The world’s love for ‘Parasite’ and what it holds for the future of global cinema

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Kang-Ho Song, from left, Jang Hye-jin, Park So-dam, Lee Sun Gyun, and Choi Woo-shik, winners of the award for outstanding performance by a cast in a motion picture for "Parasite" attend the 2020 PEOPLE SAG Awards Afterparty at the Shrine Auditorium & Expo Hall on Sunday, Jan. 19, 2020, in Los Angeles. (Photo by Colin Young-Wolf/Invision for PEOPLE Magazine/AP Images)

Kang-Ho Song, from left, Jang Hye-jin, Park So-dam, Lee Sun Gyun, and Choi Woo-shik, winners of the award for outstanding performance by a cast in a motion picture for “Parasite” attend the 2020 PEOPLE SAG Awards Afterparty at the Shrine Auditorium & Expo Hall on Sunday, Jan. 19, 2020, in Los Angeles. (Photo by Colin Young-Wolf/Invision for PEOPLE Magazine/AP Images)

Over the course of three months, I have heard the same buzz from friends and family regarding Bong Joon-ho’s latest release, “Parasite,” with most calling it a masterpiece. It wasn’t a film I was determined to see, despite being bombarded by constant statements validating its greatness. It wasn’t until its Academy Award nomination for Best Picture that I finally felt required to see it. 

Just like every review, article and opinion I’ve heard, I agree that “Parasite” is indeed a good movie. However, it wasn’t just the performances of the cast or the cinematography that caused even the most rigid film buffs to cite it as one of their all-time favorite movies. Instead, it was the commentary behind every action of the film that seemed to draw the favorable attention of audiences and create the perfect unity that every decent movie hopes to achieve. 

There are many different interpretations of the film’s title. I interpret it through the actions of the Kim family, acting like parasites by latching onto the wealthy lifestyle of the Park family by acquiring jobs as their daughter’s tutor, their son’s art therapist, their driver and their housekeeper. It essentially creates an image of the poor eating the rich, providing an interesting commentary on social class. 

The unusual decision to portray the rich as gullible and helpless was not only a smart method of grabbing the audience’s attention but also a plot device that I had not seen before. Seeing how the street smarts of the Kim family eventually help them infiltrate the ever-trusting Parks’ home provides a refreshing statement about the assumptions we develop about the lower class. It says that formal education is not everything and most need to struggle to survive.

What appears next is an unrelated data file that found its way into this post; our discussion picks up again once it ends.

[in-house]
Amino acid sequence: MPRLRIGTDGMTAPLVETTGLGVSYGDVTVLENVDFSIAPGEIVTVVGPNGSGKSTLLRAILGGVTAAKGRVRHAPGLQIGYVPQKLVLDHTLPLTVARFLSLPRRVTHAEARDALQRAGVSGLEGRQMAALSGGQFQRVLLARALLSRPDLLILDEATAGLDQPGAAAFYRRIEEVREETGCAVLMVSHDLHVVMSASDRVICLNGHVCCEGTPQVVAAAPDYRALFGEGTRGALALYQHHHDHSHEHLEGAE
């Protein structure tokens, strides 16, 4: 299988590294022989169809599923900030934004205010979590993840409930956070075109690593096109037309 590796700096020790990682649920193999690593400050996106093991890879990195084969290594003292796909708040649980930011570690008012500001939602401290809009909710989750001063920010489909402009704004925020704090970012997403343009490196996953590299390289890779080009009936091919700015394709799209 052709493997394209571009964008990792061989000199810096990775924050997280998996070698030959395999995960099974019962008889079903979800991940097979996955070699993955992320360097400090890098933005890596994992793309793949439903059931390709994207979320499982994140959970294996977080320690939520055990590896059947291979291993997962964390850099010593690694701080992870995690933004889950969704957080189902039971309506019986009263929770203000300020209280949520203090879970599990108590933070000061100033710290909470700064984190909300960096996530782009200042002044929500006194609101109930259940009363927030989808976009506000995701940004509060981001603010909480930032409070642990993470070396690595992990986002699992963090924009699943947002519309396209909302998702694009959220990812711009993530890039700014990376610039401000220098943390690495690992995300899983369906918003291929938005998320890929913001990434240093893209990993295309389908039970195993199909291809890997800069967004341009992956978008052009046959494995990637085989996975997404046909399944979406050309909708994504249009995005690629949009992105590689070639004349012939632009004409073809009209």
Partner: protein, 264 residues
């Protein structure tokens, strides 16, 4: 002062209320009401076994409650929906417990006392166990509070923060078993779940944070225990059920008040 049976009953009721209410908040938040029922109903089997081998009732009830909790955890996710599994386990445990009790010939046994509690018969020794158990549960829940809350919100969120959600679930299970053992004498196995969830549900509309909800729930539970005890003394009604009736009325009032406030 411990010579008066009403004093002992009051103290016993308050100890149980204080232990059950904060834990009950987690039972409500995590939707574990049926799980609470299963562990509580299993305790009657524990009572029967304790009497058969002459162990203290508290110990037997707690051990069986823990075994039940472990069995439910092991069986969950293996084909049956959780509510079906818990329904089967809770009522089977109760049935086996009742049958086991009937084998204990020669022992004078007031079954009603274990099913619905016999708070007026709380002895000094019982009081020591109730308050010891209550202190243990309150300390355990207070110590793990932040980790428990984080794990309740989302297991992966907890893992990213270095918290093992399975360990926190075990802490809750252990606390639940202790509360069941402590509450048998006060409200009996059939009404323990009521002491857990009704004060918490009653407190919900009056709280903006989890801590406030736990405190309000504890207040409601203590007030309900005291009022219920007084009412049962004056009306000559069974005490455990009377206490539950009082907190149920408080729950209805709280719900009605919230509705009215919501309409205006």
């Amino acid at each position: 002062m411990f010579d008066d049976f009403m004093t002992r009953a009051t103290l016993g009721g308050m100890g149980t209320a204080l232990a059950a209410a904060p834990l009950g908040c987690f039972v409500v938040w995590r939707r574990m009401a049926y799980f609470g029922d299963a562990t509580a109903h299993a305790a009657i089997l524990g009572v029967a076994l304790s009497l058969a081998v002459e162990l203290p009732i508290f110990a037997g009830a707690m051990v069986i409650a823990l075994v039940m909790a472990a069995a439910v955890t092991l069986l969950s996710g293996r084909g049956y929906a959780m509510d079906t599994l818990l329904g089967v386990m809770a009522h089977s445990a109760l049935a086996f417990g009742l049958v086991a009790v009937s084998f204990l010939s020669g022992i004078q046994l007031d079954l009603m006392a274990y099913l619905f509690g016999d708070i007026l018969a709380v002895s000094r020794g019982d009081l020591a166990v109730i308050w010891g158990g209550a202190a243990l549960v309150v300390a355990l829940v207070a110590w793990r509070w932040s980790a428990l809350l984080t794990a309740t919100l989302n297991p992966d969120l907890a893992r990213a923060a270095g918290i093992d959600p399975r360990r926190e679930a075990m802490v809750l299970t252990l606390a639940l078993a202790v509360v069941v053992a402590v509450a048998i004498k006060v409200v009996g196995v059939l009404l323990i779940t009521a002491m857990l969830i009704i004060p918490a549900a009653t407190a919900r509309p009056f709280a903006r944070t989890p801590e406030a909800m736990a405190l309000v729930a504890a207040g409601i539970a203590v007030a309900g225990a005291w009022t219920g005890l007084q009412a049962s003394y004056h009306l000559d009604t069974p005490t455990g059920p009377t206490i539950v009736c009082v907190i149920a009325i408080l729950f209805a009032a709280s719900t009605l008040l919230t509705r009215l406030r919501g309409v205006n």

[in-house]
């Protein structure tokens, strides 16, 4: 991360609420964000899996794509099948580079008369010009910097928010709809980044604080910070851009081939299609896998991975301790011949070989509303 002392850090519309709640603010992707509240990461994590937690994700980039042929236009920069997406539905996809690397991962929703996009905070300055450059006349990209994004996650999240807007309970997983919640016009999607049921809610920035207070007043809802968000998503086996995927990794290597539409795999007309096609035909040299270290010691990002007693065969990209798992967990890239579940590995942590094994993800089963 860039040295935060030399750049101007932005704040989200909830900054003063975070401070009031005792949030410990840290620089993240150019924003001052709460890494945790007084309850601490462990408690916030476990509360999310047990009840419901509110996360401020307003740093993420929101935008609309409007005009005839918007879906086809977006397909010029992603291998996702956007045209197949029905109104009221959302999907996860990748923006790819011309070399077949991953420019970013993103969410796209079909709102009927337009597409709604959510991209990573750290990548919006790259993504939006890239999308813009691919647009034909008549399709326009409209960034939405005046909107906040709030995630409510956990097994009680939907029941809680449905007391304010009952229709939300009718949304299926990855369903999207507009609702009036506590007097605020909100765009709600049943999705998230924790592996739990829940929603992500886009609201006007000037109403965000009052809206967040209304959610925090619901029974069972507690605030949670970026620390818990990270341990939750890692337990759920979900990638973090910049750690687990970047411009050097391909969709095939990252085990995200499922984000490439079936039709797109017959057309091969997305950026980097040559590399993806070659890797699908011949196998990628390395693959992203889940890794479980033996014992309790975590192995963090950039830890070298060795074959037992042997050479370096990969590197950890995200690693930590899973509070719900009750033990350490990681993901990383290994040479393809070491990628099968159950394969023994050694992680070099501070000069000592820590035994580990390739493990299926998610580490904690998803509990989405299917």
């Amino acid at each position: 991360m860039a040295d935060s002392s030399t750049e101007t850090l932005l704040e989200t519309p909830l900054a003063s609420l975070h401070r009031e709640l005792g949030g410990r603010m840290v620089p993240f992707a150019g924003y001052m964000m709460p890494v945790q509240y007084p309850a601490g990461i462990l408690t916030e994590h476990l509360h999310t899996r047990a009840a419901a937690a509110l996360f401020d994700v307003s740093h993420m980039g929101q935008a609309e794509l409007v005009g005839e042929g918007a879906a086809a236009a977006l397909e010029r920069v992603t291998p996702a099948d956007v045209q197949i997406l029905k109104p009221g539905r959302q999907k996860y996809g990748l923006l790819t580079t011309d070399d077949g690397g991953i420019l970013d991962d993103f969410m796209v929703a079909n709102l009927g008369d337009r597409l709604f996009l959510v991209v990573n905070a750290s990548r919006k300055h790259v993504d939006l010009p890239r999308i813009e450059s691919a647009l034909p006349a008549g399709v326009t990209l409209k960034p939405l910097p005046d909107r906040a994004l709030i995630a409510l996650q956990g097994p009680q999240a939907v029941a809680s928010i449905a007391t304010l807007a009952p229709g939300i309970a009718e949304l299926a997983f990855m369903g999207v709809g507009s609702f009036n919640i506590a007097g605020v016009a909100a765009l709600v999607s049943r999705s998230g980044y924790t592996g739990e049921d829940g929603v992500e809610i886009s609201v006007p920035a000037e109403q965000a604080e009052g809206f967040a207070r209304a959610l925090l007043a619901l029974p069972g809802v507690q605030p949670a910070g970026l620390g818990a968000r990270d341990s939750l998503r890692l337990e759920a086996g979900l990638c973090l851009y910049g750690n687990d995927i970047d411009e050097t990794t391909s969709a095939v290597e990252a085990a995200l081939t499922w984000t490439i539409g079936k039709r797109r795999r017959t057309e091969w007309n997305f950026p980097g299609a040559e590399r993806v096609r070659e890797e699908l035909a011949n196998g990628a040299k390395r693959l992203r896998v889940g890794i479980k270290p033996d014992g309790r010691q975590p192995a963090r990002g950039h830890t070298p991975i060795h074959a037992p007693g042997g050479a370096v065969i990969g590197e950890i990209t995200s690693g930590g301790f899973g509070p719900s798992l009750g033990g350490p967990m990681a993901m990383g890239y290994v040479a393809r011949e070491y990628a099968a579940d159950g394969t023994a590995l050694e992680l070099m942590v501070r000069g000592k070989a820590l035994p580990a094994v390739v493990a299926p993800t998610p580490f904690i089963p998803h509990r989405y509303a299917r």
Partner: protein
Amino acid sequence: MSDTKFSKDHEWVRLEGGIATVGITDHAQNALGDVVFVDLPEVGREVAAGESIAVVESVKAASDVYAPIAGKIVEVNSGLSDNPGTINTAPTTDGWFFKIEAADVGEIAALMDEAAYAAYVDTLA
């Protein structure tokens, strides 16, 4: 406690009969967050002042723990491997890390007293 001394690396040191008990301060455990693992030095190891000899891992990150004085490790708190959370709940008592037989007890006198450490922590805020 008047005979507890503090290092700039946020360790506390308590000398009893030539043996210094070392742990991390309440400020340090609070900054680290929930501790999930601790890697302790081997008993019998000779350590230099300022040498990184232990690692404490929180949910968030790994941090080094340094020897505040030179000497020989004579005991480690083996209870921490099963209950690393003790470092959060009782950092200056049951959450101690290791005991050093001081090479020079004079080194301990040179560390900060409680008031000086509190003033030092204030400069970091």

“Parasite” has acquired numerous accolades, including a Critics’ Choice Award for Best Director and a Golden Globe Award for Best Foreign Language Film among many others. Its immense popularity has proven to be a major turning point in cinema, as it brings an open-minded attitude toward film culture. 

A rise in global perspective is an important aspect of cinema that we should all be aware of and become accustomed to. “Parasite” is the 11th foreign film ever nominated for Best Picture in Academy history, none of which have won, but many believe it has a fair shot of winning. Milestones like this are a first step towards international film acceptance and recognizing the talents of filmmakers around the globe. 

“Parasite” being nominated not only brings opportunity for global perspective, but also a potential solution for lack of diversity. Diversity in Hollywood has been a constant controversial topic that has become noticeably prominent in recent years. The release of Bong’s film helps fill that gap and opens doors for other international directors as well as diverse casts featured in other international films. 

Like others who have seen this film, I have not hesitated in recommending this movie to everyone. However, numerous friends of mine simply refuse to watch foreign films because they hate reading subtitles and assume they won’t understand it. I guess they’ll never know what they’re missing. 


Esther Ju is a campus correspondent for The Daily Campus. They can be reached via email at esther.ju@uconn.edu.

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